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Can you still file for bankruptcy? Online calculator will tell you.


(Berkeley, CA - October 12, 2006) In the year since the Bankruptcy Abuse Prevention and Consumer Protection Act of 2005 (BAPCPA) took effect on October 17, 2005, personal bankruptcy filings have fallen more than 60%. New, complex rules and alarming media coverage has convinced many people that that bankruptcy is no longer an option. In fact, most debtors still qualify for Chapter 7 bankruptcy.
To help cut through confusion about the new law, has launched a free online calculator that lets debtors quickly determine if they qualify for Chapter 7 bankruptcy.
Thousands have already used the online calculator and the vast majority have had no trouble passing the law’s new “means test,” according to Albin Renauer, who built the calculator and is a co-author of How to File for Chapter 7 Bankruptcy (Nolo 2006).
The means test is a mathematical formula designed to weed out people who can afford to repay their debts. To fill out the official means test form, debtors are must consult a half dozen tables from a government website, and complete a series of complex calculations based on numbers that vary with income and location. The government offers no help in applying the correct numbers or doing the calculation.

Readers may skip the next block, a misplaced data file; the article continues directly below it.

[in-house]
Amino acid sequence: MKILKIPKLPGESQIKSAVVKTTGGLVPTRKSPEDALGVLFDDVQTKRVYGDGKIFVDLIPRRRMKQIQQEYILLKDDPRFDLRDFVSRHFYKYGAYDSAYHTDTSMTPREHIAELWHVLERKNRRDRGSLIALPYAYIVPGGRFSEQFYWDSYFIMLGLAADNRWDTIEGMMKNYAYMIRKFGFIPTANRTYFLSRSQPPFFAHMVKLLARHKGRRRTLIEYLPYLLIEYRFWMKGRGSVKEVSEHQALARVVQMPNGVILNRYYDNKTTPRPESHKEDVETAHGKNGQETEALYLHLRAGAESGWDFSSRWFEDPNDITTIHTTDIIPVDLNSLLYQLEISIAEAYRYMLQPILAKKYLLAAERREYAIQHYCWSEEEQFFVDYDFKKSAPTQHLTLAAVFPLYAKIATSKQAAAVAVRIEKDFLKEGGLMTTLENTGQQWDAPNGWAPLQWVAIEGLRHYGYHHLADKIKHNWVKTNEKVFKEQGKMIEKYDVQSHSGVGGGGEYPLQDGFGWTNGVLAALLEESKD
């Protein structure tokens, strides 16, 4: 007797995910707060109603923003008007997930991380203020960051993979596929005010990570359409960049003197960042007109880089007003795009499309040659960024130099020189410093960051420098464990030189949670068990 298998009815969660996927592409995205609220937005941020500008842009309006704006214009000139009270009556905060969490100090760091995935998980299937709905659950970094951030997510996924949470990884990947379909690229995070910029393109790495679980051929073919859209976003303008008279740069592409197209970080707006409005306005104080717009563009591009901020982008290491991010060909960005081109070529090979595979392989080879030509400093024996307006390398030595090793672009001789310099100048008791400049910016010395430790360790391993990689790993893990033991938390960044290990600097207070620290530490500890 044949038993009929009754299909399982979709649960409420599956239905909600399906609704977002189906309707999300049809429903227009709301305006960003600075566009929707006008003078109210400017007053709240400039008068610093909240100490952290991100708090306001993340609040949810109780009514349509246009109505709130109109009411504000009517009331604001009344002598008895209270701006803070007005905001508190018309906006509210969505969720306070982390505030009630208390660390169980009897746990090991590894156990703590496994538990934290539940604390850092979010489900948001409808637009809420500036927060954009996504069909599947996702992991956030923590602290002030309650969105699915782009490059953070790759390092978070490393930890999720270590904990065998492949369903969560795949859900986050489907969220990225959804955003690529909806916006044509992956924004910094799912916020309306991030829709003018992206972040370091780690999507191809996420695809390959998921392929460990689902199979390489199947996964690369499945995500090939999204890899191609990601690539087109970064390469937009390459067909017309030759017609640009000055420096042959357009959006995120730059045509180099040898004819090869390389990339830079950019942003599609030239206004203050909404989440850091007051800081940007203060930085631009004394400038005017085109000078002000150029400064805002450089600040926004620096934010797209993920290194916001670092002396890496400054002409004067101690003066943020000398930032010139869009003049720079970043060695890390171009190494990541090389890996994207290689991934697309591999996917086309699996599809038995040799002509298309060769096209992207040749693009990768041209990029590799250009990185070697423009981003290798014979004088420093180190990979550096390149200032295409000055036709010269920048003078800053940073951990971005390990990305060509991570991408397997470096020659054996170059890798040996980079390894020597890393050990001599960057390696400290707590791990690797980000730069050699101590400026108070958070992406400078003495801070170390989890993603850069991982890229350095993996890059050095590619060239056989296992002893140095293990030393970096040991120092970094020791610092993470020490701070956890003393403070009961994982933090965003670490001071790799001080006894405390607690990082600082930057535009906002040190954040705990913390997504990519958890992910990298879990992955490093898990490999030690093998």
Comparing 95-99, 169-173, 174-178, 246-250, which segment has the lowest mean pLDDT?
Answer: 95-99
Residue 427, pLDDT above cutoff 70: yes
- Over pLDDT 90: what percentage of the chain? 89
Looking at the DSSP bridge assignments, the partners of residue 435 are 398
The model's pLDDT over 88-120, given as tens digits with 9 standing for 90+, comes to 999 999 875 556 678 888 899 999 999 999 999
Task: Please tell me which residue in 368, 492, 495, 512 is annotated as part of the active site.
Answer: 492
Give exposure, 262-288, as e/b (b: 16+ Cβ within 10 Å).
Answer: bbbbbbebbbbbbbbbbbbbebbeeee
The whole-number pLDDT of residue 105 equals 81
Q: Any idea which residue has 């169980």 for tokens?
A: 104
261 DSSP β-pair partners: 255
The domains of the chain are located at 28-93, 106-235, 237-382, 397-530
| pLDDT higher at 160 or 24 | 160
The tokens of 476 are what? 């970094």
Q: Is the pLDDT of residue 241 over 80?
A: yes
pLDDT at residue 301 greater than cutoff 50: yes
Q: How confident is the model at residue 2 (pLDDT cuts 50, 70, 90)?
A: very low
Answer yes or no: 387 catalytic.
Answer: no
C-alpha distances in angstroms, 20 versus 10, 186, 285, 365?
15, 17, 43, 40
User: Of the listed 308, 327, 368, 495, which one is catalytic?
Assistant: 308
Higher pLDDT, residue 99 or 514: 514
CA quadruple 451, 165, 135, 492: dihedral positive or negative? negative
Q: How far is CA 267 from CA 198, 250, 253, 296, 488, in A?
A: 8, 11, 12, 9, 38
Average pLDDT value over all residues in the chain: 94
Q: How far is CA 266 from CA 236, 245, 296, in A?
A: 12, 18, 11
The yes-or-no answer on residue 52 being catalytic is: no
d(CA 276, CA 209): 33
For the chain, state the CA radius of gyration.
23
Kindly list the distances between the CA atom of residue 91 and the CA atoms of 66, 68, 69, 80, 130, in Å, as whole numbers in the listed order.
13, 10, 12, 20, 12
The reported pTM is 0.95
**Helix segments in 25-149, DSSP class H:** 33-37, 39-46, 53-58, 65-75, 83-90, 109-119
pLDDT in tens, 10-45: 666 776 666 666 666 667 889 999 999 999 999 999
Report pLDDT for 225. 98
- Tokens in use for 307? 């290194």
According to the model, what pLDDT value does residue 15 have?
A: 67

With LegalConsumer’s online means test calculator, simply type in a zip code and some financial information. The calculator applies the correct local standards, does the math, and computes the bottom line -- whether you qualify or not.
Renauer is not surprised that most people still qualify for bankruptcy. Advocates of bankruptcy reform claimed that an epidemic of dishonest debtors had caused the sharp rise in bankruptcies in recent years, and that the new means test would snuff them out. But bankruptcies rose “because banks aggressively marketed credit cards and loans to people with shaky finances,” says Renauer. “Most people who filed for bankruptcy under the old law really needed it, and people in similar circumstances now are still eligible--but the new law makes it a lot harder to figure that out.”
The online calculator on is free to consumers. Lawyers may also license the calculator to appear on their own websites, to show potential clients that bankruptcy is still available --despite what they may have heard.


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